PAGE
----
Unfortunately, this part of the message doesn’t seem to be getting out. Arts organizations are applying engagement practices in a piecemeal fashion or relegating them to narrow, low-level administrative channels where they can’t hope to influence institution-wide change. I see so many organizations assuming that engagement is just another marketing fad or an industry trend they have to pay lip service to in order to stay in the funding community’s good graces. Sadly, because they’re not embracing engagement as a holistic enterprise, organizations are wasting valuable time and money on something that, because it is being improperly administered, is unlikely to have a positive long-term impact.

    If engagement theory proponents are serious about wanting to benefit all arts institutions and not just small, narrowly focused, low-budget, community organizations, they should make it loud and clear, upfront, where everyone will get the message, that this is an all-or-nothing proposition and that applying the theory in bits and pieces is not only unhelpful, but that it will divert resources from more important functions and can thus do serious damage to vulnerable organizations. They might also accept some responsibility for the damage that’s being done to organizations that are getting the wrong messages and using engagement in counterproductive ways.

    I love this engagement theory and I believe it has the power to one day prove itself in actual practice. But if the people who are selling engagement allow it to be poorly applied, it will become just another fad in a long line of arts industry fads that academics and policy wonks talk about at conferences, but that make no meaningful difference in the real world.

  2. says

    The report cited mentions the word “engagement over 30 times” yet who know who is engaged by who, by what means, to what ends? But it sure is made to sound valuable.

  3. says

    Thanks for the post, Doug!

    Your observation about the “self-centeredness” of some diversity efforts is particularly thought-provoking. It is an interesting conundrum, isn’t it? Appealing to self-interest has, for better or for worse, been a primary way that those of us who are interested in deeper community engagement have tried to recruit converts, but it can be a double-edged sword when it leads to a superficial approach to audience diversification rather than true engagement. The fact that demographic trends are becoming impossible to ignore provides an easy and obvious answer to the question of “what’s in it for me?” and lends some urgency to something that has in fact needed action for a long time. Of course, the hope is that even if the initial interest in diversifying is motivated by self-interest, it can lead to a genuine, authentic commitment to engagement with one’s community (which we know is not always the case). In some of Helicon’s other research (a not-yet-published follow up to our Bright Spots in the Pacific Northwest report that focuses specifically on community engagement), we did find that the line between self-centered interest and community-centered interest isn’t always so clear. In fact, many organizations who are deeply engaged with their communities see the well-being and thriving of the whole community as an integral part of their own well-being. They are actually acting out of what they see as self-interest, it is just that they have a much bigger view of what this means.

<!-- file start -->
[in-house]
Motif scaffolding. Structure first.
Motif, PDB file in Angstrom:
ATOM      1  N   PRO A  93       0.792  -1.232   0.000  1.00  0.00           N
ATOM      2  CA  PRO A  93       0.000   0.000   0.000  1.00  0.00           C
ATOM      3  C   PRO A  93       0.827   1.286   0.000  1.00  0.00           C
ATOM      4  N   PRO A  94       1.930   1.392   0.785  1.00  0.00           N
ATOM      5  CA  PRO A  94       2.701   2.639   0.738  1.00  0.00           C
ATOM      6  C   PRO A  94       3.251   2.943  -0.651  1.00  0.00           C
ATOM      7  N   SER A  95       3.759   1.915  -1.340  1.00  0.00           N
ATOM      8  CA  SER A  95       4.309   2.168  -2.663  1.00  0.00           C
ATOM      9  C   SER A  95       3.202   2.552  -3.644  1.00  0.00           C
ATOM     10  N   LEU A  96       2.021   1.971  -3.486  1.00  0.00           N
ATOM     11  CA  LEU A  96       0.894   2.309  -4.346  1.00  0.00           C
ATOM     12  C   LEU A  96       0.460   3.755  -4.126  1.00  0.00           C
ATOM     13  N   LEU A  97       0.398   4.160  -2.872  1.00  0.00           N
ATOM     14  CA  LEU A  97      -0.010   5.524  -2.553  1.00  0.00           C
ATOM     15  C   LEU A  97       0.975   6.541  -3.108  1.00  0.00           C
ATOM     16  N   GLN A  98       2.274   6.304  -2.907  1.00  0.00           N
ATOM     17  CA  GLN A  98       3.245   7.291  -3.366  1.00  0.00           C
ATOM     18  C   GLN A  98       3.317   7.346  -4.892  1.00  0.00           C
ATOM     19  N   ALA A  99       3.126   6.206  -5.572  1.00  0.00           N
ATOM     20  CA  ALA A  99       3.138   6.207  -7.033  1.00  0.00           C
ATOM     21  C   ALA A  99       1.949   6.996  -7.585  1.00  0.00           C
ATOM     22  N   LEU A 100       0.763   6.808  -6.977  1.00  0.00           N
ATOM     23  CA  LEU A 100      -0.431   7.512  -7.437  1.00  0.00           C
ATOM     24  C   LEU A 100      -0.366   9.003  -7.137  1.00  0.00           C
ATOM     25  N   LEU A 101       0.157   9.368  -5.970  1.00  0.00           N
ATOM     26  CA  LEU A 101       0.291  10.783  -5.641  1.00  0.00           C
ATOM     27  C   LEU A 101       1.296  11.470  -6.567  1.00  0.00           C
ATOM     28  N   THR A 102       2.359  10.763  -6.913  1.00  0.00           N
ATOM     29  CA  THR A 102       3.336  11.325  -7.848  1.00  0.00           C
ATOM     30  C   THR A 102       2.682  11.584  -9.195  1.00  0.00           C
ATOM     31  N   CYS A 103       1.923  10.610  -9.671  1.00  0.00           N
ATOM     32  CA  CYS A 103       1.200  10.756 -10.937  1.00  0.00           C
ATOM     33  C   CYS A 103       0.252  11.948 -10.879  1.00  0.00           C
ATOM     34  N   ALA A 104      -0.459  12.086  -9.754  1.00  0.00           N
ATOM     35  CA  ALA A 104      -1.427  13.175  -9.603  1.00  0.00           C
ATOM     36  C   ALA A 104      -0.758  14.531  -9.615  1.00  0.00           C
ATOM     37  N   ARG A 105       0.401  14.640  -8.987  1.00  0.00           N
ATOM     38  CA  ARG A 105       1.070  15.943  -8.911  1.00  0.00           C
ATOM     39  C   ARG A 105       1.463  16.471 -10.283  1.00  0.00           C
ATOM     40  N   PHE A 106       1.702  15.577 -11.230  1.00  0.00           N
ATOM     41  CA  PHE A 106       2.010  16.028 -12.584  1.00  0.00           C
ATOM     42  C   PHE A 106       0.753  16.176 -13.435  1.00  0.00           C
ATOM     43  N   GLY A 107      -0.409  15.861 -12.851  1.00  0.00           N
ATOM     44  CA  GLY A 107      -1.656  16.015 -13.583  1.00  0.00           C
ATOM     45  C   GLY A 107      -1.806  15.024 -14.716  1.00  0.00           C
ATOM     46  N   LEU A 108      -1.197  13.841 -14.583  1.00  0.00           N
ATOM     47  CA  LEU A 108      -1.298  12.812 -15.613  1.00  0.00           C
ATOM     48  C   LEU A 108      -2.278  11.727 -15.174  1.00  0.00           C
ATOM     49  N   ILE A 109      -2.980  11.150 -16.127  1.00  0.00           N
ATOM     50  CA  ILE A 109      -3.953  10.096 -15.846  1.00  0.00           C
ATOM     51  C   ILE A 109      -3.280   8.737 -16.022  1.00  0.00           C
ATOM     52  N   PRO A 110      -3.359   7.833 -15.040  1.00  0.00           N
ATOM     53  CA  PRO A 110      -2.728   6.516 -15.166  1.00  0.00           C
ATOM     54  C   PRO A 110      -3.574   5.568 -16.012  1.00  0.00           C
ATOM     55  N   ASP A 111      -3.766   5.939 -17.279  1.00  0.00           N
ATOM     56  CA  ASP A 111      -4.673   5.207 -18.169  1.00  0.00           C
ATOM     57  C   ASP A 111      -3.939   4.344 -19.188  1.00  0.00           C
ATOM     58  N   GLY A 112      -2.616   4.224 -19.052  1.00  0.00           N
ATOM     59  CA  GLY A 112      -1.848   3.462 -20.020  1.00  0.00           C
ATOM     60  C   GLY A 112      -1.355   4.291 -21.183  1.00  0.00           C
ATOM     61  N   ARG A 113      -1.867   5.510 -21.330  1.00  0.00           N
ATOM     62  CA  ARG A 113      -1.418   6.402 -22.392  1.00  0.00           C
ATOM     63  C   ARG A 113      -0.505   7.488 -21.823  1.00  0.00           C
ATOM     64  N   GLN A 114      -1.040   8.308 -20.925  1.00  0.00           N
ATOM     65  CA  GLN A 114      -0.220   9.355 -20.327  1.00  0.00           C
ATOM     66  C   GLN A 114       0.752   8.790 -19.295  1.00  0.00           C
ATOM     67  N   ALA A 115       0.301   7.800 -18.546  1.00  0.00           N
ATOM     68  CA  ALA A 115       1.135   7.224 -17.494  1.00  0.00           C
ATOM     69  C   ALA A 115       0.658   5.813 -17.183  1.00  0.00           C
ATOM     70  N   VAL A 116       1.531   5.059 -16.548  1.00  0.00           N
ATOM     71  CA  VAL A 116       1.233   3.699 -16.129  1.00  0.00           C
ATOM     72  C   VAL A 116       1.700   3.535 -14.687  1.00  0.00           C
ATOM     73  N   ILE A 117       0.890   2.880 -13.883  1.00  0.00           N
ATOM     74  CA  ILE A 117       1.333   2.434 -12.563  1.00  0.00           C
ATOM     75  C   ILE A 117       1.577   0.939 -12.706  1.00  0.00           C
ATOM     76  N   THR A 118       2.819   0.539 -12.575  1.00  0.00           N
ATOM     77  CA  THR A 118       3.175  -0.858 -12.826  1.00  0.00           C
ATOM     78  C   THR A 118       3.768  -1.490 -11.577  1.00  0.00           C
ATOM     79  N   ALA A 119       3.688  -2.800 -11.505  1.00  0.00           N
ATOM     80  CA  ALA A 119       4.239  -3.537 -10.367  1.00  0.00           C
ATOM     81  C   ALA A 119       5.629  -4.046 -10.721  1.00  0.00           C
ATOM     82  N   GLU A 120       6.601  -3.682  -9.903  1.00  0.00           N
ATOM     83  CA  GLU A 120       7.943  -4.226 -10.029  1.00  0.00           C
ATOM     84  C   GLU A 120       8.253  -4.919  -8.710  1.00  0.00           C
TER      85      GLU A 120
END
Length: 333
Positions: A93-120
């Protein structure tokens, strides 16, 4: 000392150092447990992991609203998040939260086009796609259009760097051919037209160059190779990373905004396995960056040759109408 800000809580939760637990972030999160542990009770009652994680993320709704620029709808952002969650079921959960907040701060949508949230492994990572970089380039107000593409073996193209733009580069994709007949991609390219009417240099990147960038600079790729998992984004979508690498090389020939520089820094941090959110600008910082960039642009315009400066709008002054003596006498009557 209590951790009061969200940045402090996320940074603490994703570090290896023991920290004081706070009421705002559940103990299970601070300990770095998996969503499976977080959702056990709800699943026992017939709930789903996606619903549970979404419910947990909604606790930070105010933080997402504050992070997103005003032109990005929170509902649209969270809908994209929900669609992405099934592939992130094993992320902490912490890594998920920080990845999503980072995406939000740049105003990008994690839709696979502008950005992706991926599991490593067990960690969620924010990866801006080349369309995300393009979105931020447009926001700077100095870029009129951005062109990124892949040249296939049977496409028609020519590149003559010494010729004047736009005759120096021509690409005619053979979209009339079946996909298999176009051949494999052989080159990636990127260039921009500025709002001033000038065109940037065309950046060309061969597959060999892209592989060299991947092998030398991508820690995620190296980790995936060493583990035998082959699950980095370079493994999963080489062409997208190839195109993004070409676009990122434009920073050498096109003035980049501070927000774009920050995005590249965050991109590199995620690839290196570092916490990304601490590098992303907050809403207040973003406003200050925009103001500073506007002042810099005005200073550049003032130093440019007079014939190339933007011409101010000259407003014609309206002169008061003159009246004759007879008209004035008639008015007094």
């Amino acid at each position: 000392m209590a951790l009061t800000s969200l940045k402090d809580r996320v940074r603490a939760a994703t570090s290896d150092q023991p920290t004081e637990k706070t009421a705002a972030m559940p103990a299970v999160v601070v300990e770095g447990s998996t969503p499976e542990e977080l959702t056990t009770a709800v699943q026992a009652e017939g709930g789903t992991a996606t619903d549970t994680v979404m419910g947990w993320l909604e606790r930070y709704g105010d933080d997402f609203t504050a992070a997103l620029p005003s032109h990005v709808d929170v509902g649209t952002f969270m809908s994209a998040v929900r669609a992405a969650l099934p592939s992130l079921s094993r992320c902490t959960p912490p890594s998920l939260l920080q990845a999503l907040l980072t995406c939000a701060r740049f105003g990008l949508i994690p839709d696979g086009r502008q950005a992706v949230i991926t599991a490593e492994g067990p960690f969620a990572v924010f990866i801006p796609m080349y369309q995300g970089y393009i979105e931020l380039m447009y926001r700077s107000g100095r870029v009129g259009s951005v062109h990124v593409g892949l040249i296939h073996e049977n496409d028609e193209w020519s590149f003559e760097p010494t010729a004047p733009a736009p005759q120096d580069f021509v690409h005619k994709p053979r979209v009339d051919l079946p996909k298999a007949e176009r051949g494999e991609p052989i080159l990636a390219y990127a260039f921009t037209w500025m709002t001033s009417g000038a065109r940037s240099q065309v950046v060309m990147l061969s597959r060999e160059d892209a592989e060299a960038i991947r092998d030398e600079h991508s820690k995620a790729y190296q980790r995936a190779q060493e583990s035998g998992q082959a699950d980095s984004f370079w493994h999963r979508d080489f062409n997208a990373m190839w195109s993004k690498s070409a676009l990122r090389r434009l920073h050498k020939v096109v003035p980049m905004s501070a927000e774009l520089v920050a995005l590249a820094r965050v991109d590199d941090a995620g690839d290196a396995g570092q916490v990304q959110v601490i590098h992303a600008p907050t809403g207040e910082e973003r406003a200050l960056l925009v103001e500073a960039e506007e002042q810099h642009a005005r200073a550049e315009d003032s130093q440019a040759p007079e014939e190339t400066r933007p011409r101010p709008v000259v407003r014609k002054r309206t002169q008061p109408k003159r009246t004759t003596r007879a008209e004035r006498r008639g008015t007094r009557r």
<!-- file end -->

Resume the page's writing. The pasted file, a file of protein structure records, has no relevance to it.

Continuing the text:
• says

      Yep. I was simply cautioning against ignoring that aspect. I’m a big supporter of “doing well by doing good.” I think, in the long run, this can be a great example of that. We just need to be aware of what we’re doing and acknowledge that this is a very late date to be getting serious on the issue.